A Sunny Day on the Connecticut River in Greenfield

This photo, taken on June 4, shows the view looking north from Massachusetts Route 2 on the Greenfield/Gill town line. The river is tested by the state of New Hampshire and other agencies and is now safe for swimming. (For many years it was too polluted.) Please click on the photo to enlarge it. photo by Eesha Williams

Vermont Governor Sides With Louisiana Nuclear Co. Against State Legislature

Vermont Governor Jim Douglas on May 22 vetoed a bill that would have required Entergy Corporation of Louisiana to pay for cleaning up the mess it made at the Vermont Yankee nuclear power plant. On June 3, Vermont Senate president Peter Shumlin of Putney said the legislature will wait until January 2010 to try to override Douglas's veto.

Anti-nuclear march, Brattleboro, 2008. photo by Eesha Williams (click to enlarge)

 

Bear Chases Man Near Downtown Keene; Both OK

From the Keene Sentinel: A hungry young black bear ripped open a homeless man’s tent Tuesday (May 26) and chased him through the woods in Keene, according to wildlife officials. The local man, identified as Dave Kolek, was not injured during the incident. Kolek wears tattered clothing, has a thick beard and long hair and is known by an array of nicknames, including “Tarzan” and “Jumanji.”

The bear tore open Kolek’s tent, which was located in a wooded area near the intersection of Main Street and Route 101, shortly after 10:30 a.m., N.H. Fish and Game Officer Josiah Towne said.

UMass Activists Meet June 6

The 2,500 or so grad student employees at the University of Massachusetts in Amherst do more teaching and research than the 1,000 or so professors there. The grad students are paid about $12,000 per year for 20 hours a week of work. The professors make around $100,000 per year for 40 hours of work per week.

UMass Amherst is one of the biggest employers in the Valley. The wages it pays its workers affect the region's economy, and influence wages other local employers pay, according to UMass Amherst economist and labor studies professor Stephanie Luce.

Cops Shoot, Kill Bear; 100 Attend Meeting on How to Prevent Repeat

There have been numerous reports of bears in people's yard in Dummerston, Vermont over the past few weeks. Dummerston borders Brattleboro. The state police shot a bear in East Dummerston on May 3. To avoid attracting bears, take down your bird feeders, put the feed inside, have your grill and all other possible food sources and garbage under cover so bears can't get at it.

On May 19 more than 100 people attended a meeting with bear expert Ben Kilham at the Dummerston School. The event was hosted by the Dummerston Conservation Commission and the Bonnyvale Environmental Education Center.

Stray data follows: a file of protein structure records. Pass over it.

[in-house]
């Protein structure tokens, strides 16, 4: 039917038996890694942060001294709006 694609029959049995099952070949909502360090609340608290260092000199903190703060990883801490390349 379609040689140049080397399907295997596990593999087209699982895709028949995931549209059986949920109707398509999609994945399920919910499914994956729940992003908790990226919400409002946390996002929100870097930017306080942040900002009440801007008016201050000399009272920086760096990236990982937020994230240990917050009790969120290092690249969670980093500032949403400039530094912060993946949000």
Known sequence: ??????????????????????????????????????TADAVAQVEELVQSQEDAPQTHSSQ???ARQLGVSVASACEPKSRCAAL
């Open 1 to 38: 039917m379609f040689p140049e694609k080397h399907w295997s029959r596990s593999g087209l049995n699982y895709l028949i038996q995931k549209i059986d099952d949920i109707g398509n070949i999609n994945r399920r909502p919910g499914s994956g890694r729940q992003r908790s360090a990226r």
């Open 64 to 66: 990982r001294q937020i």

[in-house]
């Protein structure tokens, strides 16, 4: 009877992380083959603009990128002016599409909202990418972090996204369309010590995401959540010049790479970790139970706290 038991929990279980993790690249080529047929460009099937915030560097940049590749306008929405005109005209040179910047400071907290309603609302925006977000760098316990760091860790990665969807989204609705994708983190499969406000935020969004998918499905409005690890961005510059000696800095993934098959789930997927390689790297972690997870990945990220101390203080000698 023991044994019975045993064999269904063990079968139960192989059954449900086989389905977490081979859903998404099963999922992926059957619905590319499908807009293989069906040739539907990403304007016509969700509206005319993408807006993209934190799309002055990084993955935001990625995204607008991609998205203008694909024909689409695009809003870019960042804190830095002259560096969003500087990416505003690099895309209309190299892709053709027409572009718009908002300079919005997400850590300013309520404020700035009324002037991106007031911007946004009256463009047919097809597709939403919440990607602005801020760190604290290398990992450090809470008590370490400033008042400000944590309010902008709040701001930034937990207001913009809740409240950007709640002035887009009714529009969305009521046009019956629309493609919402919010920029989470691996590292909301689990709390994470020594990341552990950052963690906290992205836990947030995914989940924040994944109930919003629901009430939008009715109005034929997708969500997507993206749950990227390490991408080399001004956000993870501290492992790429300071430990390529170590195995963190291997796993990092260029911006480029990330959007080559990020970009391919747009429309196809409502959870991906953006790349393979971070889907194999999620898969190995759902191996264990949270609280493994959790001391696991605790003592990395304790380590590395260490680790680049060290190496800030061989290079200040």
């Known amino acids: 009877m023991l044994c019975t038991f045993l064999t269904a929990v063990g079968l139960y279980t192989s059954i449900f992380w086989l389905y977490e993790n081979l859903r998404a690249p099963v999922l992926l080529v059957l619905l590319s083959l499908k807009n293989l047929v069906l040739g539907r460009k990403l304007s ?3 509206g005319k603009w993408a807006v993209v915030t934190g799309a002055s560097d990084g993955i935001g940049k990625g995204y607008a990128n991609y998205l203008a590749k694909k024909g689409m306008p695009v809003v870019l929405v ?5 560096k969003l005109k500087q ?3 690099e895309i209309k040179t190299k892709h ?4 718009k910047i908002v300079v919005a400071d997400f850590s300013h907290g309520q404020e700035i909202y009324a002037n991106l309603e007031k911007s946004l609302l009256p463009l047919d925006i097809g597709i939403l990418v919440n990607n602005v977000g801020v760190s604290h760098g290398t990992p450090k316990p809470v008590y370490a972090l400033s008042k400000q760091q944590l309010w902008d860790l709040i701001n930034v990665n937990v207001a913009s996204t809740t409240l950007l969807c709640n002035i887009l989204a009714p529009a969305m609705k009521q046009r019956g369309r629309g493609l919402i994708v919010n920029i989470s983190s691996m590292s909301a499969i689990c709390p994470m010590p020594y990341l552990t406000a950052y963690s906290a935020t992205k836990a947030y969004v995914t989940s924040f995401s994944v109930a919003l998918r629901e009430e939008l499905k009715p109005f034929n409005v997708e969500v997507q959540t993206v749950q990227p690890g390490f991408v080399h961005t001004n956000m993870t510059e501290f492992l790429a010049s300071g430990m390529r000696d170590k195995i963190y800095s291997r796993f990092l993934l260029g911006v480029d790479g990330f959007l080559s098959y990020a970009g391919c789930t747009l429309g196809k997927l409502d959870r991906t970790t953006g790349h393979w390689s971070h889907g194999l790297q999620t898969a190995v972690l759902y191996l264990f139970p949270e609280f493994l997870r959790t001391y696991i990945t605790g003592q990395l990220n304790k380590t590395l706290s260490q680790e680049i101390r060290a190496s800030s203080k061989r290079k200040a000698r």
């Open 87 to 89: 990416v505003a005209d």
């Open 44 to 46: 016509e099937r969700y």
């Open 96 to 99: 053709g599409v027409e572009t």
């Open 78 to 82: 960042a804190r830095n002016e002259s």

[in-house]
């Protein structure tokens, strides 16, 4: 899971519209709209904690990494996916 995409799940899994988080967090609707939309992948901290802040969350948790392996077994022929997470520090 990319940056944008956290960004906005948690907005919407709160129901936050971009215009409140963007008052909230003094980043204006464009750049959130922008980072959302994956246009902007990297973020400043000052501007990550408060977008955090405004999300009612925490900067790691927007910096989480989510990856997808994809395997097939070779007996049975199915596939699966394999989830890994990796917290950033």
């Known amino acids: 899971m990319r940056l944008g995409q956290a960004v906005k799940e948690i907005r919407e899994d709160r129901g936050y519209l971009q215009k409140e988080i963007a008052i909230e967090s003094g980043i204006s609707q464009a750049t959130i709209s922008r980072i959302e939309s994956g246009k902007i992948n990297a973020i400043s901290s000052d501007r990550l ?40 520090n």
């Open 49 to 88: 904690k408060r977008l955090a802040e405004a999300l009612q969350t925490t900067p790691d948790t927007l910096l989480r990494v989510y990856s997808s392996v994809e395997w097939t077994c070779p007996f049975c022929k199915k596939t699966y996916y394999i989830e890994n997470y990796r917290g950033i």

Brattleboro Students Rally Against War

On May 13 in Brattleboro, students at the Austine School for the Deaf (ASD) were joined by students from half a dozen other local schools as they made a giant peace sign that was clearly visible from Interstate 91. Austine teacher Brittainy Brougham helped the students plan the action. photo by ASD.

Spring Is Here

photo by Eesha Williams

1,000 at Vermont Rally: 'Healthcare Is a Right'

Sheila Linton of Brattleboro spoke at a "Healthcare Is a Human Right" rally at the Vermont statehouse on May 1. The event was organized by the Vermont Workers Center. The U.S. is the only rich nation that does not provide universal health care. More information on the rally is at www.workerscenter.org photos by Eesha Williams

Hundreds at Statehouse for a Nuclear Free Vermont

Claire Chang lives in Gill, Mass., less than 10 miles from the Vermont Yankee nuclear power plant. On April 29 at the Vermont state capitol, Chang and her partner held a sign reading "No Radiation Without Representation." They were joined by hundreds of activists, and their dog. photo by Eesha Williams

(Click on the "nuclear power" tag, above, for details on the upcoming vote by the Vermont legislature. The vote will decide whether Yankee will close in 2012, or run until 2032, as owner Entergy Corp. of Louisiana wants.)

Pro-Big Box Greenfield Mayor Voted Out

A major goal of Greenfield Mayor Christine Forgey has been to build a Wal-Mart or a similar “big box” store on an area of open land that’s too far from downtown to easily reach on foot. On April 21, in a primary election, Forgey was voted out of office. In June, voters will choose from two candidates for mayor.

“I was glad the mayor was voted out,” said John Ward, co-owner of the Solar Store www.GreenfieldSolarStore.com on Fiske Avenue in downtown Greenfield. “Open space doesn’t have to be paved just because it’s open space.”